Example: Two individual examples I want to share are the following:
Both articles give an insider point-of-view of what it's like to work for these companies. Readers get a sense of the atmosphere, values, and personalities they could encounter. Even though human resource departments usually maintain these assets, it doesn’t feel that way — which can be a big plus for those looking for a less corporate experience.
Requirements: Projects like a recruitment blog are typically a joint effort between HR and marketing. Human resources will set the goals, marketing will create the content, and together they'll iterate along the way. It's a highly strategic process that can lead to incredible talent finds.
Type 4: Updates
What is it: Businesses must strike a delicate balance between overcommunicating with their customers and ghosting them. An updates channel or changelog can be a great middle ground.
It allows you to publicly communicate important product updates, company milestones, and more without crowding out your standard marketing materials. While this is more common with software companies, the practice can work with any modern entity.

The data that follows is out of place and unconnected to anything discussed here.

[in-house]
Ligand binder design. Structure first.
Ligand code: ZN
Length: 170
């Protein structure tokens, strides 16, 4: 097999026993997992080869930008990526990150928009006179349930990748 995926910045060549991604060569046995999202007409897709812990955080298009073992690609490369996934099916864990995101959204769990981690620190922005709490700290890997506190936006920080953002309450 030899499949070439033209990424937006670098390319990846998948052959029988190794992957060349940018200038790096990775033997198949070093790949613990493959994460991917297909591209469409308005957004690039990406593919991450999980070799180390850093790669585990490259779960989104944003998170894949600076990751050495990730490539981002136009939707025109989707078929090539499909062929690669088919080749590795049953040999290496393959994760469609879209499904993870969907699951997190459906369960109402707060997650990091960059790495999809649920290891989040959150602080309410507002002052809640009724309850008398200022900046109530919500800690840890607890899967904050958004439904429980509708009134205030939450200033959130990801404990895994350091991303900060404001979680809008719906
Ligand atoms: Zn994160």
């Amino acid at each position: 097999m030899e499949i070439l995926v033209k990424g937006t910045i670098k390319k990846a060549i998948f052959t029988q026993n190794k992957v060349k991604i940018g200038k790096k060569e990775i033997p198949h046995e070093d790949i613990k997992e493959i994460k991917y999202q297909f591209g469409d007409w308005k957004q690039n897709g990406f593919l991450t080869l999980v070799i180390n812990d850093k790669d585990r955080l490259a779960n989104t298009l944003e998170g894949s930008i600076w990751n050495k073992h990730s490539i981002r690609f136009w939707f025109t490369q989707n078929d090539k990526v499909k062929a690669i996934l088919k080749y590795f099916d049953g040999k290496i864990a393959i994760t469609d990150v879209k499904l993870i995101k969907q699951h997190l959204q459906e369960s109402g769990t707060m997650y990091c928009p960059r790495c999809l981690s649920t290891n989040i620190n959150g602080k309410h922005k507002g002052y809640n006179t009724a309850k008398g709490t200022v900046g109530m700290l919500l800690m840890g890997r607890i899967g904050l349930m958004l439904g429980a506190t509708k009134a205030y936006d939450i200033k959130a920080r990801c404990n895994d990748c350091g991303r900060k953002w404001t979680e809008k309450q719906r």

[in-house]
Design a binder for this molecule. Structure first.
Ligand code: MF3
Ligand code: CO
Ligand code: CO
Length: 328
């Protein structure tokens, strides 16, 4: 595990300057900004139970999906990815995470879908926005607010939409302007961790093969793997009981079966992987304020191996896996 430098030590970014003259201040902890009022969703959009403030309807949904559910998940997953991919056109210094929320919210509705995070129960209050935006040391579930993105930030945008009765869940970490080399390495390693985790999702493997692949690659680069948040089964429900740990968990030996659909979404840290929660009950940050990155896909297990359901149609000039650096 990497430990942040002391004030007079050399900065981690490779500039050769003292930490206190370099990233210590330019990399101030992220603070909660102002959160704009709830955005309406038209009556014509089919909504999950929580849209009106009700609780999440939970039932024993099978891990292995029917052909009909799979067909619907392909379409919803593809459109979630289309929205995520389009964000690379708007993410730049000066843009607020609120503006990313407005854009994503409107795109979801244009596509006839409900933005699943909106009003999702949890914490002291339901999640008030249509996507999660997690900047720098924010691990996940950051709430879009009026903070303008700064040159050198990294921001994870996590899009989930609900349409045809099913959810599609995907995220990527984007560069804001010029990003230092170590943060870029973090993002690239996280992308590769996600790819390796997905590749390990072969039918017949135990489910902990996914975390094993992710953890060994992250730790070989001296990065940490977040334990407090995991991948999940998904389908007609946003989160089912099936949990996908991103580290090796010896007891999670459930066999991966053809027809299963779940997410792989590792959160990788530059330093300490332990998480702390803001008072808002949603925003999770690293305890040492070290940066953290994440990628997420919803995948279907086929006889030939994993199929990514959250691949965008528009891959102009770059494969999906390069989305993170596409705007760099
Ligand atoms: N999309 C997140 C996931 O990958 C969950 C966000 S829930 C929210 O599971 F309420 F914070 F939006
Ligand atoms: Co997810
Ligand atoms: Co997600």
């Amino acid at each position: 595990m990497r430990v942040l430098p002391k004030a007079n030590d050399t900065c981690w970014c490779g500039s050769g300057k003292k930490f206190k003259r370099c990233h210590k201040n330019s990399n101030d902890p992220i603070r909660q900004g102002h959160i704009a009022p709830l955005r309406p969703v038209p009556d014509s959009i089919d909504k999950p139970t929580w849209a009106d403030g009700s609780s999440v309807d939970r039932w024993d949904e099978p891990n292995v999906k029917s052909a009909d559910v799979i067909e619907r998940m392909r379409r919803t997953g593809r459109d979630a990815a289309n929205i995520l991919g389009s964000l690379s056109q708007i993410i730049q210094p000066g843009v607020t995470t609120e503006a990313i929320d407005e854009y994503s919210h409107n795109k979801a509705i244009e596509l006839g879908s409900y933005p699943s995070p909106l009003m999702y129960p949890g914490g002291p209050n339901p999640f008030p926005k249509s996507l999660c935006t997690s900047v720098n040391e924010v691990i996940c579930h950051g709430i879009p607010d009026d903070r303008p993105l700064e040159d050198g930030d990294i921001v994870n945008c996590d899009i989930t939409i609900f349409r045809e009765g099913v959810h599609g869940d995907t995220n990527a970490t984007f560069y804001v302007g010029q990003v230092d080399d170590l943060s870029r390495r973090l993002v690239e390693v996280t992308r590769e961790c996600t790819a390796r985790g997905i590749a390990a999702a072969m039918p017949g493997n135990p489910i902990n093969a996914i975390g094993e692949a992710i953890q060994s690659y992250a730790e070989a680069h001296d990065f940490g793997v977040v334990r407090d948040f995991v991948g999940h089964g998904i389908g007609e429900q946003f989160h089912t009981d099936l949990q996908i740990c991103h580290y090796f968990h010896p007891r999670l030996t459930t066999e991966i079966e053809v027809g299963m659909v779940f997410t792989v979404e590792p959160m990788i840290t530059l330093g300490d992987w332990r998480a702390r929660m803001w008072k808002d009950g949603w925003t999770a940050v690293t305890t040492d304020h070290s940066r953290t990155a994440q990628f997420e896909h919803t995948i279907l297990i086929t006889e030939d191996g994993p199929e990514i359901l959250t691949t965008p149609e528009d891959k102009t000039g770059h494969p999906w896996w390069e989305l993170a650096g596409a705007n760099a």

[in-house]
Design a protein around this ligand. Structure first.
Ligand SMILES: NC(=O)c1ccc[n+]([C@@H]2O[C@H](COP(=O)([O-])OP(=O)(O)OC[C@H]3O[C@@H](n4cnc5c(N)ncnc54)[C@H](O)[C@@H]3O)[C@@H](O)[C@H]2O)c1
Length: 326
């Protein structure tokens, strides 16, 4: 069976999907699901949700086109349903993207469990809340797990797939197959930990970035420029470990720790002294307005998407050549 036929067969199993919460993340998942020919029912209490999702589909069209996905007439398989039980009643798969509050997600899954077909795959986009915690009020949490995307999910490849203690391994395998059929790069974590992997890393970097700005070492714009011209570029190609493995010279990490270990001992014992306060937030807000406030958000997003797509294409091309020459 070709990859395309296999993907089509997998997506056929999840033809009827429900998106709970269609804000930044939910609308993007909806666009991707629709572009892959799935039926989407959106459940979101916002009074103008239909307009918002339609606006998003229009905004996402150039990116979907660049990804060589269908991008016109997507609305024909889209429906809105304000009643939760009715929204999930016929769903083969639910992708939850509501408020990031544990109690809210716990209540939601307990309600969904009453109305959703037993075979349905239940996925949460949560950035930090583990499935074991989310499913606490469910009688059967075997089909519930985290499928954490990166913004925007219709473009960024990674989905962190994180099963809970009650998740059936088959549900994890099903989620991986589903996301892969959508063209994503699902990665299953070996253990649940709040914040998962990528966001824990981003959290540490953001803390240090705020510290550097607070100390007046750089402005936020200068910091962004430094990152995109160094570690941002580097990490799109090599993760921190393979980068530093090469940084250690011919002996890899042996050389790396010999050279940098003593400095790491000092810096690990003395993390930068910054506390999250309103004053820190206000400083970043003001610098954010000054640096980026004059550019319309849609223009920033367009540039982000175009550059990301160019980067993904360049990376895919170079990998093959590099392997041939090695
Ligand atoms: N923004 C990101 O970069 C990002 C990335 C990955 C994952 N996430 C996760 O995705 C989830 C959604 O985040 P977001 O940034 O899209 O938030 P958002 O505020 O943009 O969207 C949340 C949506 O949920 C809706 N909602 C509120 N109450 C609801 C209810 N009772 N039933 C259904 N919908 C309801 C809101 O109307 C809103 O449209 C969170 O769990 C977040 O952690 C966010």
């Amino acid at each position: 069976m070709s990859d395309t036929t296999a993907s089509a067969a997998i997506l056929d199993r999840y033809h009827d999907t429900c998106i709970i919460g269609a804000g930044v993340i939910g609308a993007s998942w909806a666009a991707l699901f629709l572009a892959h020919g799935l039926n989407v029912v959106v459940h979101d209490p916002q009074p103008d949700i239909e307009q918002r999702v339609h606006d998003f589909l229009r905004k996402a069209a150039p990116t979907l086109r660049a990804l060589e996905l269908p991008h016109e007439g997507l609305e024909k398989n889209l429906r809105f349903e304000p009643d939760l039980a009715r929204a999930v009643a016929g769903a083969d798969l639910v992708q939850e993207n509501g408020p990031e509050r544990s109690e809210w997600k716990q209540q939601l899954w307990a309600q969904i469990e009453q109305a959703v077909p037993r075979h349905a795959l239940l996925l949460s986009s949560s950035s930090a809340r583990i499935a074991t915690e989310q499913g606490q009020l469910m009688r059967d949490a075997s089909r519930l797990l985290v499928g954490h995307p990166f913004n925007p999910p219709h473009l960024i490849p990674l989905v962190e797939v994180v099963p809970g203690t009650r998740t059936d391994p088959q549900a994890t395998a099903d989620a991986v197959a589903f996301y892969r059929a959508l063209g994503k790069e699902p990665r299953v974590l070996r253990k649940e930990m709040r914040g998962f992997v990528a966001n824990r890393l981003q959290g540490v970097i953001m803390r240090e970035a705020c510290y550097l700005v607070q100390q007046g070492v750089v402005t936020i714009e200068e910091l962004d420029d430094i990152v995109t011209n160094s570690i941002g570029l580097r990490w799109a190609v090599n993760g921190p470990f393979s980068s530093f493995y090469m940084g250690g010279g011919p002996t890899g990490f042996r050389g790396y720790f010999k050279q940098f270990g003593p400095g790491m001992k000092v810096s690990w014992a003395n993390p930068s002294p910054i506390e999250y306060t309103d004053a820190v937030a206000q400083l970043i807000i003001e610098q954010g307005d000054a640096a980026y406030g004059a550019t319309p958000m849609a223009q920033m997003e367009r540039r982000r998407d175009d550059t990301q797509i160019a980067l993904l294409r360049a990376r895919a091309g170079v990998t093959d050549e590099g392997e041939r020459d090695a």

Example: Ghost’s Changelog is a model worth emulating for a few reasons. Both the content and design are simple, clean, and direct. The monthly publishing cadence gives customers a sense that things are continually improving and that their requests are being heard and acted upon.
Requirements: Although marketing will have the final say on what gets published when, this channel should be spearheaded by a senior professional who is closest to the product or service.
In technical companies, you can expect someone in the product hierarchy to spearhead these posts. In service offerings, it's common for a c-suite official to guide what goes out. With either option, carving out dedicated time can be the biggest challenge for this content strategy.
Type 5: Lead Generation
What is it: Lead gen is easily the second most popular type of marketing content available on the web. It's a powerful tool that takes on many variations but is always guided by a singular purpose: convert visitors into customers.
Most often, you'll see lead-gen blogs filled with problem-aware articles, meaning they help readers better understand their challenges and the landscape of available solutions.
Example: The SEO content on Ahref’s blog is a great example of how to do lead generation without making it feel salesy or pushy. They use a simple formula: identify a marketing issue, show how to solve it using their tool, and invite readers to take the next step (e.g., free trial, upgrade, download).
What makes their content so effective is that by reading it, visitors believe Ahrefs is the only viable solution. Making your audience forget the competition is effectively a license to print money.
Requirements: The most critical part of creating a content strategy like this is ensuring your marketing funnel is built out beforehand. If you don't have a streamlined process to send customers through, then even the best lead-gen content will fall flat.